• 3.500.1170.1 Iraq: Government water control projects have drained most of the inhabited marsh areas east of An Nasiriyah by drying up or diverting the feeder streams and rivers; a once sizable population of Shi'a Muslims, who have inhabited these areas for thousands of years, has been displaced; furthermore, the destruction of the natural habitat poses serious threats to the area's wildlife populations
    • 3.500.1170.2 Iraq: Inadequate supplies of potable water; development of Tigris-Euphrates Rivers system contingent upon agreements with upstream riparian Turkey
    • 3.500.1170.3 Iraq: Air and water pollution
    • 3.500.1170.4 Iraq: Soil degradation (salination) and erosion
    • 3.500.1170.5 Iraq: Desertification
  • 3.500.1180 Ireland:
    • 3.500.1180.1 Ireland: Water pollution, especially of lakes, from agricultural runoff
  • 3.500.1190 Israel:
    • 3.500.1190.1 Israel: Limited arable land and natural fresh water resources pose serious constraints
    • 3.500.1190.2 Israel: Desertification
    • 3.500.1190.3 Israel: Air pollution from industrial and vehicle emissions
    • 3.500.1190.4 Israel: Groundwater pollution from industrial and domestic waste, chemical fertilizers, and pesticides
  • 3.500.1200 Italy:
    • 3.500.1200.1 Italy: Air pollution from industrial emissions such as sulfur dioxide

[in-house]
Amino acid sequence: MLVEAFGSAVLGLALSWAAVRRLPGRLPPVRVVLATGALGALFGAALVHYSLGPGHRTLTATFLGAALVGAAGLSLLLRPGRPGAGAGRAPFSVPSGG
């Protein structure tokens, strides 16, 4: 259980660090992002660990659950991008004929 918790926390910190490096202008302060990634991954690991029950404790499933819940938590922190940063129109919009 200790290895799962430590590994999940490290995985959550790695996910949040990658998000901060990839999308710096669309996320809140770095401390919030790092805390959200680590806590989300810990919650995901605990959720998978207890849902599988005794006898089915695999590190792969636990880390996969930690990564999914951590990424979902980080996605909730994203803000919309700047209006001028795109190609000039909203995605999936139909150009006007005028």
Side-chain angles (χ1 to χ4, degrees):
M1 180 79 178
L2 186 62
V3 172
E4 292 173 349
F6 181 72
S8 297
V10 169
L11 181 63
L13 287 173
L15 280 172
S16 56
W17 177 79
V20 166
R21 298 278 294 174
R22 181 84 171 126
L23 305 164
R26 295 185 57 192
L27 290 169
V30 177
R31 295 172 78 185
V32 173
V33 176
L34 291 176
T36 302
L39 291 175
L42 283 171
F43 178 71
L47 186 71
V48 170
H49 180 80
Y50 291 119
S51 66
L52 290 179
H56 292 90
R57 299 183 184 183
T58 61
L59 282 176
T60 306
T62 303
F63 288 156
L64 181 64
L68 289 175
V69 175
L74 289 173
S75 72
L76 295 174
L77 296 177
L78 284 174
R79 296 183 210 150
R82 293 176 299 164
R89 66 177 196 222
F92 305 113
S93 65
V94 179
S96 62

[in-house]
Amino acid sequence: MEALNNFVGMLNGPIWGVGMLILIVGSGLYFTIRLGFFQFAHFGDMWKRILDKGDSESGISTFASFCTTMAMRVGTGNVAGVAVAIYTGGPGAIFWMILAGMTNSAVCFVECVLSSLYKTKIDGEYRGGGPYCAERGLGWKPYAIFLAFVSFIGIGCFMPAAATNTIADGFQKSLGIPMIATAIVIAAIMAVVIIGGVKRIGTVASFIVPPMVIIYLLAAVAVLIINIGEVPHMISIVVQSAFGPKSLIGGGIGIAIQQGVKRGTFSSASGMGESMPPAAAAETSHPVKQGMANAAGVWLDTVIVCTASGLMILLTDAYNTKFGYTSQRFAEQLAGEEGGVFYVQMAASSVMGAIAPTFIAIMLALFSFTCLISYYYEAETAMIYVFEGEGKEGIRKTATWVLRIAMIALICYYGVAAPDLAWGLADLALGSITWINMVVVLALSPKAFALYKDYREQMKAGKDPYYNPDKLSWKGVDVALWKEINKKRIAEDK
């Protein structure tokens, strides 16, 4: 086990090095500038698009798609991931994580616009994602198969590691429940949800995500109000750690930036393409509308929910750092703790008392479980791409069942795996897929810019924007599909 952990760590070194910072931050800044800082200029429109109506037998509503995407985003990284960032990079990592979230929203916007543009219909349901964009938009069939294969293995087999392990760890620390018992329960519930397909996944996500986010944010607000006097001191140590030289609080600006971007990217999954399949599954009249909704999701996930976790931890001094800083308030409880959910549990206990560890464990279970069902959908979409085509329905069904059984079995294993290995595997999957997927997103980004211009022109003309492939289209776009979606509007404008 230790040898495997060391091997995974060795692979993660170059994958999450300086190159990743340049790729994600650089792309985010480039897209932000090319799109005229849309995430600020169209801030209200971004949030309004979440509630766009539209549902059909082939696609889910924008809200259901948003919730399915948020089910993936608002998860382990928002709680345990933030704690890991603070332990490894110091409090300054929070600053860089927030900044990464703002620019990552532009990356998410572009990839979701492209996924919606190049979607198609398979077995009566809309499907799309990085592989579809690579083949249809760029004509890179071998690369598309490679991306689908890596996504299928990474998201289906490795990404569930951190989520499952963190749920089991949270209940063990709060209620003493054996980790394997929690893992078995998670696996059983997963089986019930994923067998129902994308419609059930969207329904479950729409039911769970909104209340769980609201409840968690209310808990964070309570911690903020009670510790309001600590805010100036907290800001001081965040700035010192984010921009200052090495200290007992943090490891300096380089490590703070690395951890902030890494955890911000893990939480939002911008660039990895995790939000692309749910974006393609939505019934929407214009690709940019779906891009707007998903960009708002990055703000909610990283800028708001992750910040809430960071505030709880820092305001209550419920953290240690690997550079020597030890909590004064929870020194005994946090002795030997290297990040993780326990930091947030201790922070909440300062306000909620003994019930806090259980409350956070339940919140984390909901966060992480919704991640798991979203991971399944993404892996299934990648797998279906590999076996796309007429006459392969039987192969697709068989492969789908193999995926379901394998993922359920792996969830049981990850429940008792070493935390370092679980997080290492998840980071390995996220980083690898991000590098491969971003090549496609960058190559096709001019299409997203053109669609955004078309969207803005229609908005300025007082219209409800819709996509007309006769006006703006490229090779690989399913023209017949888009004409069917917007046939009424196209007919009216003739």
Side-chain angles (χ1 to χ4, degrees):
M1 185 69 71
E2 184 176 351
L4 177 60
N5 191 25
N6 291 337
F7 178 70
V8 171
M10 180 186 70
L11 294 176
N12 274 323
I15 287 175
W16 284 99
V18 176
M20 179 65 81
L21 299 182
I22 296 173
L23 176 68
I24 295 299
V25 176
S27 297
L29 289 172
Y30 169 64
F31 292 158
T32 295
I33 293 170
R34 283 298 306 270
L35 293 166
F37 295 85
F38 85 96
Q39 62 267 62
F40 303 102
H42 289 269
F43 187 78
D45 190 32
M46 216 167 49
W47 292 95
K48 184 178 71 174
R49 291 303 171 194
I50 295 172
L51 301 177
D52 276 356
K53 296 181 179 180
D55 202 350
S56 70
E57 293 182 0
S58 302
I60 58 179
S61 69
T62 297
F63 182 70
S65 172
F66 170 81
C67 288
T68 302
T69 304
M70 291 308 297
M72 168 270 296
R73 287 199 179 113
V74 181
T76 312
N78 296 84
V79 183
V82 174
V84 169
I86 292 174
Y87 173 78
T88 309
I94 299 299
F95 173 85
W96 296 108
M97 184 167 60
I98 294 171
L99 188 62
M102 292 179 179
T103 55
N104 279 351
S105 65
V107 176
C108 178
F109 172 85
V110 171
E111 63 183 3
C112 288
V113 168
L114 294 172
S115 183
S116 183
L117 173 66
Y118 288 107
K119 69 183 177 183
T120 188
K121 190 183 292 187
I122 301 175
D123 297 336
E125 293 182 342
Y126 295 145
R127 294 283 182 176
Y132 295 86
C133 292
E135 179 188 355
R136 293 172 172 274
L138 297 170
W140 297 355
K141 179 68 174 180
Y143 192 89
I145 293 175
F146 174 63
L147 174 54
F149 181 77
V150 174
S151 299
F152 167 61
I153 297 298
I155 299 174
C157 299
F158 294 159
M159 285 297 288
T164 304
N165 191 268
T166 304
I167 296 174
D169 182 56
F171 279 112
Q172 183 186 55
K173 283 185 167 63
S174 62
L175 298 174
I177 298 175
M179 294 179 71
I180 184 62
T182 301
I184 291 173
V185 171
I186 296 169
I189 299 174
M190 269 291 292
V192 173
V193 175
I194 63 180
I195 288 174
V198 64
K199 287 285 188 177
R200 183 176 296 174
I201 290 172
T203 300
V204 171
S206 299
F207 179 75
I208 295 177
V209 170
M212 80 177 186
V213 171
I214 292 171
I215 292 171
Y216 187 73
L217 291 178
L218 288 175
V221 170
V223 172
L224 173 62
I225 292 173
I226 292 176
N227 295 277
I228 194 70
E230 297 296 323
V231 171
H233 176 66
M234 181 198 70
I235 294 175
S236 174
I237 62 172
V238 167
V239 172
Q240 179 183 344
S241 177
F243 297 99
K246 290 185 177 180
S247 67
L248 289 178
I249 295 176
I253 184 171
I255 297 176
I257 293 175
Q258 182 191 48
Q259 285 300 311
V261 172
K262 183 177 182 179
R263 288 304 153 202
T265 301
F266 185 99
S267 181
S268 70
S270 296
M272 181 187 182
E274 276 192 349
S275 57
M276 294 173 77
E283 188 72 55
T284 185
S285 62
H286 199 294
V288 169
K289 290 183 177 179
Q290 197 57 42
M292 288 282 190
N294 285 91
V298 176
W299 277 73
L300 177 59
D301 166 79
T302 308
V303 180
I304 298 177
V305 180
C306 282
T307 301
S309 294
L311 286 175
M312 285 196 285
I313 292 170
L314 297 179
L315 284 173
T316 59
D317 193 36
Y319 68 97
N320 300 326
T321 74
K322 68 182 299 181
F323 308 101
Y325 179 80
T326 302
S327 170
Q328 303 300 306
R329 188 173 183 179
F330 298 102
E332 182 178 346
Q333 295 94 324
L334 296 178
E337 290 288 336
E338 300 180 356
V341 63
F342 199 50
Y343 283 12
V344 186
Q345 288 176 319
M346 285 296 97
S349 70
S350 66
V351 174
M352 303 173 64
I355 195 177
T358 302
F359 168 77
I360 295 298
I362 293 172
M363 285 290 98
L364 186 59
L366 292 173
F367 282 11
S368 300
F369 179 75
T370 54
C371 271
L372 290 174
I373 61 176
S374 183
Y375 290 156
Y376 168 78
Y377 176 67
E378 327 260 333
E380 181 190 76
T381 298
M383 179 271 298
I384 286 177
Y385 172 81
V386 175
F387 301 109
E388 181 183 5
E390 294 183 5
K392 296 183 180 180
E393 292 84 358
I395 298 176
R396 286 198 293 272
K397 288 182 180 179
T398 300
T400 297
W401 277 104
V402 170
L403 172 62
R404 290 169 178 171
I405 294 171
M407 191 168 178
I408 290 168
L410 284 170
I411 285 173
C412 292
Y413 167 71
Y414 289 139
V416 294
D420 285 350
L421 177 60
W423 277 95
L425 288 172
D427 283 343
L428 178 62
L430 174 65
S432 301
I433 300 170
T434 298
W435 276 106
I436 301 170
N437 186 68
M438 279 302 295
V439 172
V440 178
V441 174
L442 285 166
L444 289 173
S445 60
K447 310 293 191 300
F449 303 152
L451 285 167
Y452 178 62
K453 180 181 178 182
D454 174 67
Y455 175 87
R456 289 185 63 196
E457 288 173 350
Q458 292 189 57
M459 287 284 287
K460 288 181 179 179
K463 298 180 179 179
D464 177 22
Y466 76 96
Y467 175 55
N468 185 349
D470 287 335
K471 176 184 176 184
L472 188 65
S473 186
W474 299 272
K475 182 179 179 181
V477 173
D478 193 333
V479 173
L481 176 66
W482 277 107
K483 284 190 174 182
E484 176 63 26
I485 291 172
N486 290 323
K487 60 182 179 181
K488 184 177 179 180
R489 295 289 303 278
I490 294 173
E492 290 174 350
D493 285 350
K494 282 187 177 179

• 3.500.1200.2 Italy: Coastal and inland rivers polluted from industrial and agricultural effluents
    • 3.500.1200.3 Italy: Acid rain damaging lakes
    • 3.500.1200.4 Italy: Inadequate industrial waste treatment and disposal facilities
  • 3.500.1210 Jamaica:
    • 3.500.1210.1 Jamaica: Heavy rates of deforestation
    • 3.500.1210.2 Jamaica: Coastal waters polluted by industrial waste, sewage, and oil spills
    • 3.500.1210.3 Jamaica: Damage to coral reefs
    • 3.500.1210.4 Jamaica: Air pollution in Kingston results from vehicle emissions
  • 3.500.1220 Jan Mayen: NA
  • 3.500.1230 Japan:
    • 3.500.1230.1 Japan: Air pollution from power plant emissions results in acid rain
    • 3.500.1230.2 Japan: Acidification of lakes and reservoirs degrading water quality and threatening aquatic life
    • 3.500.1230.3 Japan: Japan is one of the largest consumers of fish and tropical timber, contributing to the depletion of these resources in Asia and elsewhere
  • 3.500.1240 Jarvis Island:
    • 3.500.1240.1 Jarvis Island: No natural fresh water resources
  • 3.500.1250 Jersey: NA
  • 3.500.1260 Johnston Atoll:
    • 3.500.1260.1 Johnston Atoll: No natural fresh water resources
  • 3.500.1270 Jordan:
    • 3.500.1270.1 Jordan: Limited natural fresh water resources
    • 3.500.1270.2 Jordan: Deforestation
    • 3.500.1270.3 Jordan: Overgrazing
    • 3.500.1270.4 Jordan: Soil erosion